LEI DESCRIPTION: This is a 37" 3-strand pikake style onikiniki (brown striped momi) shell lei. The onikiniki shells are in the medium to dark intensity range for the shell type. The darker and more pronounced the coloration and makings are within each momi type, the more sought after and valuable the shells become. The shells on all three strands and graduated from slightly smaller at the top to larger at the base. "Momi" (dove shell) stands for pearl in Hawaiian and refers to the shiny reflective nature of the outside of the shells, which reflect light like a pearl. The highest quality and most reflective of the shells are found on the beaches of Ni'hihau. One of the main reasons the best quality shells are found on Ni'ihau is the fact that there is very little fresh water intrusion (rivers, streams...) that feed into the ocean around Ni'ihau, or even that much rain. The coating on the shells that give them their luster is susceptible to fresh water, which is why it is important to never clean a Ni'ihau lei with fresh water. The luster of the shells show that they are authentic shells from the private island of Ni'ihau. At least 80% of the shells have to come from the island to be considered a true Ni'ihau shell lei. In this case 100% of the shells come from Ni'ihau. This lei looks to have been strung between the 1960's and the 1970's. This lei contains around 1,596 shells but in reality would have take many more shells to make, depending on the number of shells that broke in the process of preparing them for stringing. Each shell has to be cleaned of sand and punctured by hand. Since the shells only come to shore in greater numbers during the winter months, a lei of this size would take a single person a long time to collect enough matched shells to create.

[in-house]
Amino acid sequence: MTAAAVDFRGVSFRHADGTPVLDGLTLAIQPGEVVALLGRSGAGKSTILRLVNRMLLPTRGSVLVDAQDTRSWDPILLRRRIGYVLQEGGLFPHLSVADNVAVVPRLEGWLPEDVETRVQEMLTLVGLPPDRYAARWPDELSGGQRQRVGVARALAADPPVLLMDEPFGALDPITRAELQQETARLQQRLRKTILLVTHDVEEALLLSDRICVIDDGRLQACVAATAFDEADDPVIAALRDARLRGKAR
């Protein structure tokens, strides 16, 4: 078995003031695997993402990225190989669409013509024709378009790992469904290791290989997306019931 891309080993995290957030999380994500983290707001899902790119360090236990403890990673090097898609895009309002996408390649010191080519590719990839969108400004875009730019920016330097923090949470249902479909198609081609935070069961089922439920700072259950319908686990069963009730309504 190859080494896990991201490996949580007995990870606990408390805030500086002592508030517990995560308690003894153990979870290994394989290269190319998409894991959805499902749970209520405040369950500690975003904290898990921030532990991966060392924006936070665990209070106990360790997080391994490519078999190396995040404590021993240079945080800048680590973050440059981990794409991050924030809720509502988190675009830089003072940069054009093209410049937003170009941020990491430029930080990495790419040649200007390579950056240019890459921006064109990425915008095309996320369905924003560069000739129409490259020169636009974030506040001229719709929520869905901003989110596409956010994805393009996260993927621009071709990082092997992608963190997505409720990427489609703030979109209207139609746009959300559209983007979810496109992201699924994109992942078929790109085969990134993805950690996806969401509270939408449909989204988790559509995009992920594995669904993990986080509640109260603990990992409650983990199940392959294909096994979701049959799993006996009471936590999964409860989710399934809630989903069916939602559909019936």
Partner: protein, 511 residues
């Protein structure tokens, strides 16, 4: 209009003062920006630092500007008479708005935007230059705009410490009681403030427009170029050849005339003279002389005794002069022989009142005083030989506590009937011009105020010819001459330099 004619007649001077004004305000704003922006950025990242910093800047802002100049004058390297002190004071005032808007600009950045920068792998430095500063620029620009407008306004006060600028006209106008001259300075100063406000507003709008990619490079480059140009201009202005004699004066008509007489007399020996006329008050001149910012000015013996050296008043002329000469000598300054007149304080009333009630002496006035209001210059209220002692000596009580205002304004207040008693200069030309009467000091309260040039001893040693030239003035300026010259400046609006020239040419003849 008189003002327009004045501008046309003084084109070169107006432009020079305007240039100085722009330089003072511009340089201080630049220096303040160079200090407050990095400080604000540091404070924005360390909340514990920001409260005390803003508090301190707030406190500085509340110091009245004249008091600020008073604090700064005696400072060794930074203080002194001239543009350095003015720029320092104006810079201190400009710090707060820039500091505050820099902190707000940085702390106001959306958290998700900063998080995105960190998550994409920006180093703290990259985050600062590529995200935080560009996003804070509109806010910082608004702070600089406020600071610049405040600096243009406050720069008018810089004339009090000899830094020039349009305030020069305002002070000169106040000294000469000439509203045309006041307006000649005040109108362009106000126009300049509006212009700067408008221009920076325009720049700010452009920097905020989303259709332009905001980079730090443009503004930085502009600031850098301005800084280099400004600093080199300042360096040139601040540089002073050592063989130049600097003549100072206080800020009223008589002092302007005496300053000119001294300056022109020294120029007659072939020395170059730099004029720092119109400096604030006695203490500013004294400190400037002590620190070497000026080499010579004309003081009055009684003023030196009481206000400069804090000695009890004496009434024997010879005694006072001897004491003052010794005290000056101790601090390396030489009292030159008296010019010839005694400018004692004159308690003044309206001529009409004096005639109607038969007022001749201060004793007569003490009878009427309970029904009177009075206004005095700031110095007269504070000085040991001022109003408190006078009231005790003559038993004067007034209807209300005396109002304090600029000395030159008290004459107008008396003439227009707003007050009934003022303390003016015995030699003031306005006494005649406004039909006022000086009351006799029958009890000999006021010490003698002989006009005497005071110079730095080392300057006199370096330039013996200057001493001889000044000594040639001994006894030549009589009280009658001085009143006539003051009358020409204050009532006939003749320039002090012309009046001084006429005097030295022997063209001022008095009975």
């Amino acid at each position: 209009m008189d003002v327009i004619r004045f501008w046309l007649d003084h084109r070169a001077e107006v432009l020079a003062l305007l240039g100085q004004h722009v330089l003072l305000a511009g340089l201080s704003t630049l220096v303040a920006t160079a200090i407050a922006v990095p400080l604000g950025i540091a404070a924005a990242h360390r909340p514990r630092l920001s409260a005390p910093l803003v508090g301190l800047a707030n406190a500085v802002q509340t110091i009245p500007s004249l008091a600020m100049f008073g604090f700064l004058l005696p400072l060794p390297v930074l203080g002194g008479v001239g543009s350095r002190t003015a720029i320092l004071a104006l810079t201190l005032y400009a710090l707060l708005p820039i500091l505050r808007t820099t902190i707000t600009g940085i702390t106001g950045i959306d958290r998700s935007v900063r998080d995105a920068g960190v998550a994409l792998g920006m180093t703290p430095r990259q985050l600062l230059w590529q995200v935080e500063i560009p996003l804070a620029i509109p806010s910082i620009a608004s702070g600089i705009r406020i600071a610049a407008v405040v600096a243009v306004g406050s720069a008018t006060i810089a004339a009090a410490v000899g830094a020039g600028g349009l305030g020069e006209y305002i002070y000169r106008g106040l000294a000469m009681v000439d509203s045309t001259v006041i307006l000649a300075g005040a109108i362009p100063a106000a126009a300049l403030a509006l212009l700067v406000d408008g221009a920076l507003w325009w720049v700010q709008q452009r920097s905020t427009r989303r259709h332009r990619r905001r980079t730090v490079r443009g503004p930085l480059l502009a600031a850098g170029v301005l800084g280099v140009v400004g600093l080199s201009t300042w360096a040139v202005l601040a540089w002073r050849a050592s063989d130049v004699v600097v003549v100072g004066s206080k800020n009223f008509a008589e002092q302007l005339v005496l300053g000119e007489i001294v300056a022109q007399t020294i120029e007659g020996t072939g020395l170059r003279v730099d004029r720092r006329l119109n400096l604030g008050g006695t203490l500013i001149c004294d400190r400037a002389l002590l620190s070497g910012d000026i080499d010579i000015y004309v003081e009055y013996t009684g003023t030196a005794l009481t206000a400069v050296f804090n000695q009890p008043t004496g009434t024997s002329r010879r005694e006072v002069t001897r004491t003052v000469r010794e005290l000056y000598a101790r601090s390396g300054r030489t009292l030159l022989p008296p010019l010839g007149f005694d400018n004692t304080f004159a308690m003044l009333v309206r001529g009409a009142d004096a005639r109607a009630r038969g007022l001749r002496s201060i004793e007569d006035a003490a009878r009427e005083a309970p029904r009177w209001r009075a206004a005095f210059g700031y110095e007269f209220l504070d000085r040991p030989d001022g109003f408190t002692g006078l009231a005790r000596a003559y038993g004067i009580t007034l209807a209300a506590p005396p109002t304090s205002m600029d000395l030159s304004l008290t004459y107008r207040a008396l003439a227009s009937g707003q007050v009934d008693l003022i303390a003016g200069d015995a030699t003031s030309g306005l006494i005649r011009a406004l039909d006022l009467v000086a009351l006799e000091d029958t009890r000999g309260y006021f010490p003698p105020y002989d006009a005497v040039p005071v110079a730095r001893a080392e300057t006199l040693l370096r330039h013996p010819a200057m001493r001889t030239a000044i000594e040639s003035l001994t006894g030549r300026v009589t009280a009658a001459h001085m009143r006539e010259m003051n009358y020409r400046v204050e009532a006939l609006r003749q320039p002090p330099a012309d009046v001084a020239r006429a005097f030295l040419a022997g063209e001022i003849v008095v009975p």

LEI CONDITION: This is a very nice example of a Ni'ihau pikiake style 3-strand lei. The graduation of the shells from smaller at the top to larger at the base is very well executed. There is a stunning luster to the shells. The matching of the shell pairs in the pikake style was well done on all of the strands. There were a few darker momi shells mixed. There are also some slightly mismatched shell pairs where a smaller shell is matched with a larger shell in the pikake style. This lei is traditionally and correctly strung: one direction for the first half, and the opposite direction for the second half of each strand. You string the shells this way so that they will always be facing the same direction on both sides when worn, traditionally with the large part of the shell facing up. This lei was finished with a traditional granulated cowrie (white cowrie with little bumps or ridges over the top) that has been used as a traditional closure for the lei for a very long time. This lei was finished with a single cowrie shell because the strands are long enough to go directly over the head, and is properly done for a lei of this length. The granulated cowrie are endemic to the Hawaiian Islands. Overall this is a very nice example of a Ni'ihau pikake style lei.
Size: 37" long.
Price: $7,200.00 USD